By now, everyone from South Carolina to New England is tracking the cone of possibilities of Hurricane Irene. Will she tack west or go east? Whatever path she takes, it seems pretty certain that a lot of folks are going to get drenched and some may lose power, suffer flooding or worse. A power outage can affect the safety of your food supply but there are some things you can do now to prepare for that possibility.
The U.S. Department of Agriculture recommends that you keep ice on hand or know where to get it should you lose power. If you don’t have a generator, here is what else to do:
- Put an appliance thermometer in the refrigerator and freezer. That way you’ll know the temperature if the power goes out.
- Make sure the freezer is set at 0 degrees F or below and the refrigerator is at 40 degrees F or below.
- Group food together in the freezer — this helps it stay cold longer.
- Use any extra space to freeze containers of water for ice to help keep food cold in the freezer, refrigerator or coolers.
- Freeze gel packs ahead of time for use in coolers.
- Freeze refrigerated items such as leftovers, milk and fresh meat and poultry that you may not need immediately — this helps keep them at a safe temperature longer.
- Plan ahead and know where dry ice and block ice can be purchased.
- Have coolers on hand to keep refrigerator food cold if the power will be out for more than four hours.
- Store food on shelves that will be safely out of the way of contaminated water in case of flooding.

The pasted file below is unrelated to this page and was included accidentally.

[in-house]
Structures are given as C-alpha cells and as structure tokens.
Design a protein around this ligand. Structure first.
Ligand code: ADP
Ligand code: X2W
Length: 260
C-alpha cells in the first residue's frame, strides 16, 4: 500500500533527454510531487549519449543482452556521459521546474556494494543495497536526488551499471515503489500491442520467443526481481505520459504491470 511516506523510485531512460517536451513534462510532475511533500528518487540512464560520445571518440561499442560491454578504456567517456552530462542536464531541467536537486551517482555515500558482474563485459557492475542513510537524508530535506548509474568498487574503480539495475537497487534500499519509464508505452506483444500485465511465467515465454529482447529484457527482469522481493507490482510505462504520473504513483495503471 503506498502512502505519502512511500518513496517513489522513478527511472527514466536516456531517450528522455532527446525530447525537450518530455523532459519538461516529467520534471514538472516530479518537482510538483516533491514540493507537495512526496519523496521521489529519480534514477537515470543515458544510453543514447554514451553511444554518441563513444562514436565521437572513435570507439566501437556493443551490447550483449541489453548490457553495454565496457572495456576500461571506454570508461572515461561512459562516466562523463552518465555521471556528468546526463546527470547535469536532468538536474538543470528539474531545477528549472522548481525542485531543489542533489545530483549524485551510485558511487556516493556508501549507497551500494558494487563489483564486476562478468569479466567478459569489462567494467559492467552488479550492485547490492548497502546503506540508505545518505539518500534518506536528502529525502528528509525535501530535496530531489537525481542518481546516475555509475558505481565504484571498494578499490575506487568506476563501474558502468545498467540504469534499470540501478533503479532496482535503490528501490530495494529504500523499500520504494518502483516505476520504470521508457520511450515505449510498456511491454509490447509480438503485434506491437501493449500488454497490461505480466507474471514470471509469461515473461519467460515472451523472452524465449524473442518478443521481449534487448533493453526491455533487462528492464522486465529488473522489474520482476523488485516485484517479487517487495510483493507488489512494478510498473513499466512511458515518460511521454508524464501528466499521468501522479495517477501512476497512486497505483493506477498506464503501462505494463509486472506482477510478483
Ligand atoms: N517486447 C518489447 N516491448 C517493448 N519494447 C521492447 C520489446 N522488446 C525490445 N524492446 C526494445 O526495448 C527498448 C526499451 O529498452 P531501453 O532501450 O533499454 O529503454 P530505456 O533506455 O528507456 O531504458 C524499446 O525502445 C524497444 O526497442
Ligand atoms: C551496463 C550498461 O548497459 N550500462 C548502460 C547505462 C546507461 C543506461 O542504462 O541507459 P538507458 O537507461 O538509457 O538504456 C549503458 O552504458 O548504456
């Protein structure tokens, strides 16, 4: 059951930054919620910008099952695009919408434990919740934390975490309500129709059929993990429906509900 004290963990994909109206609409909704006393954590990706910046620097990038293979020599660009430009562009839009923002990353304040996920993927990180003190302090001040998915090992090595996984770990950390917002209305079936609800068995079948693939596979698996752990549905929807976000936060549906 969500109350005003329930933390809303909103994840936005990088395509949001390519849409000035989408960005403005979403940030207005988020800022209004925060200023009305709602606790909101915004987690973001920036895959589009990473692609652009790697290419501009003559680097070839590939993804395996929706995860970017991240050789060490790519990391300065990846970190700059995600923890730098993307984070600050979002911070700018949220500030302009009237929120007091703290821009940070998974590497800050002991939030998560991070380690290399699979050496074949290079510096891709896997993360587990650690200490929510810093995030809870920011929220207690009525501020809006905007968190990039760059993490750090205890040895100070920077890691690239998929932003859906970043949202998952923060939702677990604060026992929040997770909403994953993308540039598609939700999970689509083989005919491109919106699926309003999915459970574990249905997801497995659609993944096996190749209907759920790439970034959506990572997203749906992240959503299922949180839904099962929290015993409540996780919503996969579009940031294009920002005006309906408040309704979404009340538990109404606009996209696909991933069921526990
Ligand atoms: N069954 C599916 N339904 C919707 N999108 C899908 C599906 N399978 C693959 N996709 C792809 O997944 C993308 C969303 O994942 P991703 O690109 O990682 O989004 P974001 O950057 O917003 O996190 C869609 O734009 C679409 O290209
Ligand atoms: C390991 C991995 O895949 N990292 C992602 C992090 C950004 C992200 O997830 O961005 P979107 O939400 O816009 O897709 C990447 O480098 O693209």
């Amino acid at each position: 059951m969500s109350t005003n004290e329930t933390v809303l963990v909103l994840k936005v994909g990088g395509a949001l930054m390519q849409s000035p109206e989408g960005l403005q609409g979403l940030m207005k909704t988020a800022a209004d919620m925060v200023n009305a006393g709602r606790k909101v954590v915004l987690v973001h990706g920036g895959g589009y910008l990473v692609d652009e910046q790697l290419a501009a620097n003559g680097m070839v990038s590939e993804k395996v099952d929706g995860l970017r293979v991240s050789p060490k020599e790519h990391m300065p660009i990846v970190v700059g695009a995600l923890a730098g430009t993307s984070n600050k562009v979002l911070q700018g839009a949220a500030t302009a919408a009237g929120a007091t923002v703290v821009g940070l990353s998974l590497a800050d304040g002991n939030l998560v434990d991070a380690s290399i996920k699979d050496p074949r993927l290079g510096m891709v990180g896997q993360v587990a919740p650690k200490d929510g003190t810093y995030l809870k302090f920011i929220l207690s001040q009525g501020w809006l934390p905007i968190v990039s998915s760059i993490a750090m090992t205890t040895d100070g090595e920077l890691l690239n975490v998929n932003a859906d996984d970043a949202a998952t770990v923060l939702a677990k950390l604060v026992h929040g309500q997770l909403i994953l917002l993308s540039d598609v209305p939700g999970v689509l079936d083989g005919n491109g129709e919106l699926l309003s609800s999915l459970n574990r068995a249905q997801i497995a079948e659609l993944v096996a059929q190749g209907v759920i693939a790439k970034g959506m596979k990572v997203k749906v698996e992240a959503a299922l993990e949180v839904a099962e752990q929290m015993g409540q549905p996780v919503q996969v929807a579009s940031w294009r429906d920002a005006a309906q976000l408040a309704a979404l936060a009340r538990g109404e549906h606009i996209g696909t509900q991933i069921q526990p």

If you do lose power:
- Keep the refrigerator and freezer doors closed as much as possible to maintain the cold temperature.
- If unopened, the refrigerator will keep food safely cold for about four hours. A full freezer will hold the temperature for approximately 48 hours (24 hours if it is half full) and the door remains closed.
- Discard refrigerated perishable food such as meat, poultry, fish, soft cheeses, milk, eggs, leftovers and deli items after four hours without power.
- Food may be safely refrozen if it still contains ice crystals or is at 40 degrees F or below when checked with a food thermometer.
- Buy dry ice if you think the power will be out for a prolonged period. Fifty pounds of dry ice should hold an 18-cubic-foot freezer for two days.
- If the power has been out for several days, check the temperature of the freezer with an appliance thermometer. If the appliance thermometer reads 40 degrees F or below, the food is safe to refreeze.
- If a thermometer has not been kept in the freezer, check each package of food to determine its safety. If the food still contains ice crystals, the food is safe.
- Discard any food that is not in a waterproof container if there is any chance that it has come into contact with flood water.
Finally, the USDA says, never taste a food to determine its safety and, when in doubt, throw it out.